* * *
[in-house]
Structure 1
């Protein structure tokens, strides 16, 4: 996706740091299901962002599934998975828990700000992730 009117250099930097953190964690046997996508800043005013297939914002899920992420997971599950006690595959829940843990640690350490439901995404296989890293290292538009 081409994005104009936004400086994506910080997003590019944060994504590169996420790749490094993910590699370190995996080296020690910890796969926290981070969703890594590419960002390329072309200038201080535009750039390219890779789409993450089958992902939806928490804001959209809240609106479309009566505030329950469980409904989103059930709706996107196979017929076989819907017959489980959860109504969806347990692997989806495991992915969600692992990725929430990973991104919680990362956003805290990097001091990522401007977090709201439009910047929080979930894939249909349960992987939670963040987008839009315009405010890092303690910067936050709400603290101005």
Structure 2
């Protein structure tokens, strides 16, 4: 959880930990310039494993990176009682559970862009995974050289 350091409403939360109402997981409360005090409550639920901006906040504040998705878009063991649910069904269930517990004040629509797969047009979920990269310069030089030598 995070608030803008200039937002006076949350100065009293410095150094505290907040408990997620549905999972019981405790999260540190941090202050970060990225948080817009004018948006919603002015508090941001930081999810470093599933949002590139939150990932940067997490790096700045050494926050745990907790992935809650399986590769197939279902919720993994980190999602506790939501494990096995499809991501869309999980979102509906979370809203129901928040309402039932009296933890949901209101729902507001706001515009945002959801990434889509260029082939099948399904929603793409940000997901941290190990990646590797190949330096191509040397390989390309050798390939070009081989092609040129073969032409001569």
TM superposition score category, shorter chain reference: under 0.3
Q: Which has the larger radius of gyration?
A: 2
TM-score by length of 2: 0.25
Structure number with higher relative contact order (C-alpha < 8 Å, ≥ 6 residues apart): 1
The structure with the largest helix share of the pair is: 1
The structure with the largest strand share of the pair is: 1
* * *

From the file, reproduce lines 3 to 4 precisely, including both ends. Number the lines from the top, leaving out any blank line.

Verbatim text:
């Protein structure tokens, strides 16, 4: 996706740091299901962002599934998975828990700000992730 009117250099930097953190964690046997996508800043005013297939914002899920992420997971599950006690595959829940843990640690350490439901995404296989890293290292538009 081409994005104009936004400086994506910080997003590019944060994504590169996420790749490094993910590699370190995996080296020690910890796969926290981070969703890594590419960002390329072309200038201080535009750039390219890779789409993450089958992902939806928490804001959209809240609106479309009566505030329950469980409904989103059930709706996107196979017929076989819907017959489980959860109504969806347990692997989806495991992915969600692992990725929430990973991104919680990362956003805290990097001091990522401007977090709201439009910047929080979930894939249909349960992987939670963040987008839009315009405010890092303690910067936050709400603290101005």
Structure 2